| Ingrid fades to depression
| Saturday, September 15, 2007
|(CNN) -- Tropical Storm Ingrid faded to a tropical depression Saturday, done in by "hostile winds aloft," according to the National Hurricane Center.
As of 11 a.m. ET, Ingrid's maximum sustained winds had diminished to 35 mph (55 kph). The system's center was about 510 miles (820 kilometers) east of the Lesser Antilles, headed northwest at about 10 mph (16 kph), according to the hurricane center.
Forecasters said it should continue to weaken during the next 24 hours because of a strong westerly flow above it.
"Ingrid is becoming a just large swirl of low clouds with a few patches of intermittent convection," NHC senior hurricane specialist Lixion Avila said in an online discussion.
Computer models showed the system turning more northward and staying out in the Atlantic. See Ingrid's path »
Meanwhile, utility workers were restoring power to areas affected by Hurricane Humberto, whose remnants rolled to the East Coast overnight.
Damage from the storm, which came ashore early Thursday morning near the Texas-Louisiana line, was estimated Friday at less than $500 million, The Associated Press reported.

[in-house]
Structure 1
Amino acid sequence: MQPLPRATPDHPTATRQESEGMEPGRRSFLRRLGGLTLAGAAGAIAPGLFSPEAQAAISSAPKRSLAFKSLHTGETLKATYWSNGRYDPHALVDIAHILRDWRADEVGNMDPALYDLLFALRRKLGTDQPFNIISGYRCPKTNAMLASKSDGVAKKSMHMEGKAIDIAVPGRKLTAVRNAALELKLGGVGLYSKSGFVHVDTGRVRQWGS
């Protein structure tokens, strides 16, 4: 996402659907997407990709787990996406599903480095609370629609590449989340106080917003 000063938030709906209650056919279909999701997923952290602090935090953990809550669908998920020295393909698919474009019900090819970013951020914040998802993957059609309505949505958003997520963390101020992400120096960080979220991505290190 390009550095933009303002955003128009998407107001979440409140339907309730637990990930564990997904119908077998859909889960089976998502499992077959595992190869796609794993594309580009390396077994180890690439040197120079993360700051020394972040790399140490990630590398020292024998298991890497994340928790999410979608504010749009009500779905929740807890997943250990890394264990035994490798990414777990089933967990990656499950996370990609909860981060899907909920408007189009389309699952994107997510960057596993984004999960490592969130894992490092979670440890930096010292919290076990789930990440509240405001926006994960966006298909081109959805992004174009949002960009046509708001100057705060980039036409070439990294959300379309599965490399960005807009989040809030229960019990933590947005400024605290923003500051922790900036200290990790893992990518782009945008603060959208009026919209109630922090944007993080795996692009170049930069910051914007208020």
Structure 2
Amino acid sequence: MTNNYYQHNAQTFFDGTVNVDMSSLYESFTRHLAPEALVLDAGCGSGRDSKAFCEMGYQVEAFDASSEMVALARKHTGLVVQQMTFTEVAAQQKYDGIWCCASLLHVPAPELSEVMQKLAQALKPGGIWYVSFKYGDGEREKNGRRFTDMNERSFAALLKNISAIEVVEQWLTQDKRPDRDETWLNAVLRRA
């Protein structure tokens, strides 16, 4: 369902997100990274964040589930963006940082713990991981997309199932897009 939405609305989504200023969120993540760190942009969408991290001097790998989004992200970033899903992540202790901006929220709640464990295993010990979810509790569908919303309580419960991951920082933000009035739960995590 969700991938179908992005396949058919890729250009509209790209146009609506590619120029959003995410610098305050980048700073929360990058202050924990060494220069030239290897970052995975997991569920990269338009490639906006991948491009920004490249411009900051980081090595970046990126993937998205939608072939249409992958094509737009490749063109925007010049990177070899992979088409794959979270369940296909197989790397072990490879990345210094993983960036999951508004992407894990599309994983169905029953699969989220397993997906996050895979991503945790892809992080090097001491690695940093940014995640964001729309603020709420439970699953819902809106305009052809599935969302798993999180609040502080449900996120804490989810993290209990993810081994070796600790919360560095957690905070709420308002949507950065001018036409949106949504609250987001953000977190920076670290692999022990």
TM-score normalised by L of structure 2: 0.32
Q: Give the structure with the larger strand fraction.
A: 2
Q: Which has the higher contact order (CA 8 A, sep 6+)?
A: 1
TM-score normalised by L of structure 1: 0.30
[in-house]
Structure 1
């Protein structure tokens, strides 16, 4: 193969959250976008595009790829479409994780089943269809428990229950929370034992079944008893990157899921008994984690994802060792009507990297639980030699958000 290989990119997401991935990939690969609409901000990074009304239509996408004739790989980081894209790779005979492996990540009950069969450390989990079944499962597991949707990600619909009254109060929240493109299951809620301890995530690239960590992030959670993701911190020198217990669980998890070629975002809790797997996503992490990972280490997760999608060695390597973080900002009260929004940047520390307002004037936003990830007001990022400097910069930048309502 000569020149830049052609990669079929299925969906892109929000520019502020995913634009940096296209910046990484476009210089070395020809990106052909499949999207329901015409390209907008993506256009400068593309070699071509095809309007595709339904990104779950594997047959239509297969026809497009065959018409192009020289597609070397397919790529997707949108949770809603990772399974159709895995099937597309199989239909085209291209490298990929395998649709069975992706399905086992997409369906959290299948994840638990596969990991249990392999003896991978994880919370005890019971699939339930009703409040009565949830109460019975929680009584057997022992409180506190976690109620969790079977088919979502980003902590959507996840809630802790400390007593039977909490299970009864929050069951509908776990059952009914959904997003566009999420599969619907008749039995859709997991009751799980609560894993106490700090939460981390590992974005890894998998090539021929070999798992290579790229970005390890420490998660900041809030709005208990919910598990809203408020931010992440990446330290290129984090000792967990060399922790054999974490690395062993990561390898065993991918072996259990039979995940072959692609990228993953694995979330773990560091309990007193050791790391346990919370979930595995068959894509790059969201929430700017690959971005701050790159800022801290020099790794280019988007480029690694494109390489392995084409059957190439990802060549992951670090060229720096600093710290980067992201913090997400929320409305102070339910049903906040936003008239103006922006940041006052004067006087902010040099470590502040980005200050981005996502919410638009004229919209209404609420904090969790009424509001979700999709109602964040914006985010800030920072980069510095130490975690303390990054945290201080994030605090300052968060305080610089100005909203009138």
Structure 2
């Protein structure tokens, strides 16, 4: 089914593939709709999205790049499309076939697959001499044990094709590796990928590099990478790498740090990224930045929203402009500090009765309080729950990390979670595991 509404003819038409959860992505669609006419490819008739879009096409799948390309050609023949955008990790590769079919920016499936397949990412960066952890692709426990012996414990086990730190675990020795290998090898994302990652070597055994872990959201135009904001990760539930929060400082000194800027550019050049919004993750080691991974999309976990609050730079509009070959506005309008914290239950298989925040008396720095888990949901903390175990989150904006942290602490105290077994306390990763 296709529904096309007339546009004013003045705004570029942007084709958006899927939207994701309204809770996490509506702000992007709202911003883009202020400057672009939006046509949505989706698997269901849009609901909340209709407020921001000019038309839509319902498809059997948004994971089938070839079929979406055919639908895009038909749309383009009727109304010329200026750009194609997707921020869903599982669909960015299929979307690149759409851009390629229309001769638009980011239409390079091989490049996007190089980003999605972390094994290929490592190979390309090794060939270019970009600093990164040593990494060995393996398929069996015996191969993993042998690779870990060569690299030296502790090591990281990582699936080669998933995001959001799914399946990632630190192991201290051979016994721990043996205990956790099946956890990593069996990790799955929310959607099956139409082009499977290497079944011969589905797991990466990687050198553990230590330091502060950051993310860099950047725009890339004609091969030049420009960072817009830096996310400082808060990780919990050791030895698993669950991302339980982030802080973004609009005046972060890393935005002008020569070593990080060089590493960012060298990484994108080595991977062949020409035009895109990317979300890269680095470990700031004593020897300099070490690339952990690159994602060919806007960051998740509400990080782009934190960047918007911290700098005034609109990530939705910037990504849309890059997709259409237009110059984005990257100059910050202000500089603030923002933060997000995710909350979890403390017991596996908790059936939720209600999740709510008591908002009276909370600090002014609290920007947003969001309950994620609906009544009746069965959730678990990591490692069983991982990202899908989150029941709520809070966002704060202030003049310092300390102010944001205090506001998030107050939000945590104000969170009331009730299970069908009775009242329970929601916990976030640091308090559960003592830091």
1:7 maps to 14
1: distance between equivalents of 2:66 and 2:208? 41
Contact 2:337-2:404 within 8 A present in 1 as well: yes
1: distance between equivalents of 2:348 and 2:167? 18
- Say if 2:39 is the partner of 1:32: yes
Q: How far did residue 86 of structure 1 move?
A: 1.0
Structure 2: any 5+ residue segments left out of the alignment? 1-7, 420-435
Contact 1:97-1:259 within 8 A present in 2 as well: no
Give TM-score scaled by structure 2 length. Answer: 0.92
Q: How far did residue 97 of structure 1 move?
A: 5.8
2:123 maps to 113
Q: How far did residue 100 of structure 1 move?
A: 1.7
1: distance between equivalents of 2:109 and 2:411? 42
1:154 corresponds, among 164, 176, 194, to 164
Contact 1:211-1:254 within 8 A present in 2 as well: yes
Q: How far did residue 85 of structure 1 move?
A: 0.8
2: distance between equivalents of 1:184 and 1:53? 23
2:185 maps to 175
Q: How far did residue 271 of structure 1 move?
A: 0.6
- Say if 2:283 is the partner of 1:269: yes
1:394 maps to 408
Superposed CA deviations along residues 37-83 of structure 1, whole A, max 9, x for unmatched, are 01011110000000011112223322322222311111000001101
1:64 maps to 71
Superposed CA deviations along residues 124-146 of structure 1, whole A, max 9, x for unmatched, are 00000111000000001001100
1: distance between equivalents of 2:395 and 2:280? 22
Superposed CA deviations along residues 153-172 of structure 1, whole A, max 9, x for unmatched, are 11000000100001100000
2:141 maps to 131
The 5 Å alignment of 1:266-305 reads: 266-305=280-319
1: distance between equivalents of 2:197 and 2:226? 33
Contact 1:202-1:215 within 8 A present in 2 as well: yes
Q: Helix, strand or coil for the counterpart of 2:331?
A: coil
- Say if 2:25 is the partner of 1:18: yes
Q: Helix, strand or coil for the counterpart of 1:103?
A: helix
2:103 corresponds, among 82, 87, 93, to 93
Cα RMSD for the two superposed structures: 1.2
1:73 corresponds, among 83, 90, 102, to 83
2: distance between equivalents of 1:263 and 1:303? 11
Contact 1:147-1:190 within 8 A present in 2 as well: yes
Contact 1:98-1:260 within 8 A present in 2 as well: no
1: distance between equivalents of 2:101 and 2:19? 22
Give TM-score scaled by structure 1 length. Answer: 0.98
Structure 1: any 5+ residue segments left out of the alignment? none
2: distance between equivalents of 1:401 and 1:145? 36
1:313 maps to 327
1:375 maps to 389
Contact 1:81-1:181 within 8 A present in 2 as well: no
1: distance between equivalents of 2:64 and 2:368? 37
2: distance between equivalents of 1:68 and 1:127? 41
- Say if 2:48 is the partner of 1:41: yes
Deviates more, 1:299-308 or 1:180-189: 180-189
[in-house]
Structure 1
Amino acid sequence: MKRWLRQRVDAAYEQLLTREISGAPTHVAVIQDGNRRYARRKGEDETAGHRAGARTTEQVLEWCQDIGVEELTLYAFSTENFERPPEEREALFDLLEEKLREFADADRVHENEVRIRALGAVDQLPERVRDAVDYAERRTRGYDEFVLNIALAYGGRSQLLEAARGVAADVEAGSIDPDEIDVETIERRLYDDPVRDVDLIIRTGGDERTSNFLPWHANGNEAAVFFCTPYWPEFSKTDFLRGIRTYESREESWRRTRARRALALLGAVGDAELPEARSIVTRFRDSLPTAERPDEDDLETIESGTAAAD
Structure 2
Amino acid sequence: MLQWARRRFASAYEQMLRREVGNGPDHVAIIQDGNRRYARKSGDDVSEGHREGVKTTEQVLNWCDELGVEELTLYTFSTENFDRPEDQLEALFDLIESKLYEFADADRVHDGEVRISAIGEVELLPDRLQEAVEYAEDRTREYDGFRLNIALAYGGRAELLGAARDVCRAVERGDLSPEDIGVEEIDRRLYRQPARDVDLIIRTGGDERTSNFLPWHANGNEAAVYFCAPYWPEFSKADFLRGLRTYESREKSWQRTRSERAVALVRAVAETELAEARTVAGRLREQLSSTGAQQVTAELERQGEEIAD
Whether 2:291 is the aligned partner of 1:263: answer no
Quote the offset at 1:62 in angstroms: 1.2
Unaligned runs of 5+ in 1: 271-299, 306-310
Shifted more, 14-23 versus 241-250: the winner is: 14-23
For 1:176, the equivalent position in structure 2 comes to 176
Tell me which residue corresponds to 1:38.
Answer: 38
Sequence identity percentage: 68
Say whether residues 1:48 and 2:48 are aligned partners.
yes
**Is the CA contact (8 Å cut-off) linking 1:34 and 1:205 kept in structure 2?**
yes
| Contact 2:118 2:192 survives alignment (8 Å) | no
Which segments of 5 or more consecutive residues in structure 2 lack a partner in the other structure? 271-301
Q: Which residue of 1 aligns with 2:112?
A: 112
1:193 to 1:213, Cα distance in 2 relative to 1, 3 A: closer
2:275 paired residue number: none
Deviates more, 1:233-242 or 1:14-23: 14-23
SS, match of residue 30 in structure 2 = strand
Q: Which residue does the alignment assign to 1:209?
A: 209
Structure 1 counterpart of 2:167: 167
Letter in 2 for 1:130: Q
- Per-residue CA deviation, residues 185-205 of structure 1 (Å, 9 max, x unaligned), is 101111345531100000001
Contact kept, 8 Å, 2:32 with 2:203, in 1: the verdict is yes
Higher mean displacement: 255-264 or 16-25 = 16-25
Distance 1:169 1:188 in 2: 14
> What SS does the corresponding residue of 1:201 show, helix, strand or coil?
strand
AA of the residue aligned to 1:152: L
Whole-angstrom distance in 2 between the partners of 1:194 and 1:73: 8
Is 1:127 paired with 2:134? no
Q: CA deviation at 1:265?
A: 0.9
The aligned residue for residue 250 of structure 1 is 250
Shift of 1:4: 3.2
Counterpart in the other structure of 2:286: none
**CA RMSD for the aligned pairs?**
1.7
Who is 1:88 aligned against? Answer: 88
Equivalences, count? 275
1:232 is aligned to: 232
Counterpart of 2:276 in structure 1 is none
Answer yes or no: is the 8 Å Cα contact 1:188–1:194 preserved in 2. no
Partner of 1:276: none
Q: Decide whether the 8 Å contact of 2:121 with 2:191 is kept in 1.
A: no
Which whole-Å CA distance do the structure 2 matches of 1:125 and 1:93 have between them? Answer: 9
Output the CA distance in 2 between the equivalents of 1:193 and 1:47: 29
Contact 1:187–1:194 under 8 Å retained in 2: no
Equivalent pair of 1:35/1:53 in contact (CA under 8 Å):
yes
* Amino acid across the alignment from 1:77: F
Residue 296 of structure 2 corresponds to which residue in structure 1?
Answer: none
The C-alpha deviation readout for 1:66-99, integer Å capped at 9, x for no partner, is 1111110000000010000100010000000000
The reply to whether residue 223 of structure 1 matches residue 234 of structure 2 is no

Joe Domino, Entergy Texas president and CEO, said some customers' power might not be restored until Tuesday, AP reported.
Power was restored to two of three major crude oil and liquid hydrocarbon plants in Port Arthur, Texas, company spokespeople told AP.
I-Reporters document what Humberto left behind
At High Island, Texas, where Humberto made landfall, the local water utility was depending on generators to keep operating, according to AP.
"I think we can do better without lights than we can without water," resident George Leger told the news service. See some of Humberto's damage from the air »
The remnants of the hurricane brought an inch or more of rain to areas of Mississippi, Alabama, Georgia and Tennessee Friday afternoon.
A cold front merged with Humberto's remnants, causing strong thunderstorms in North Carolina, where a tree fell on a nursing home near Raleigh, AP reported.
"It's just terrible," Mildred Wheeler, whose husband lives in the home, told AP. "Water's flooding the building, and you have people here on oxygen machines."
Asheville, North Carolina, received 3.4 inches (8.6 centimeters) of rain, and Charleston, South Carolina received 2.5 inches (6.4 centimeters),according to National Weather Service data.
|posted by Moderator Londen time 6:10 PM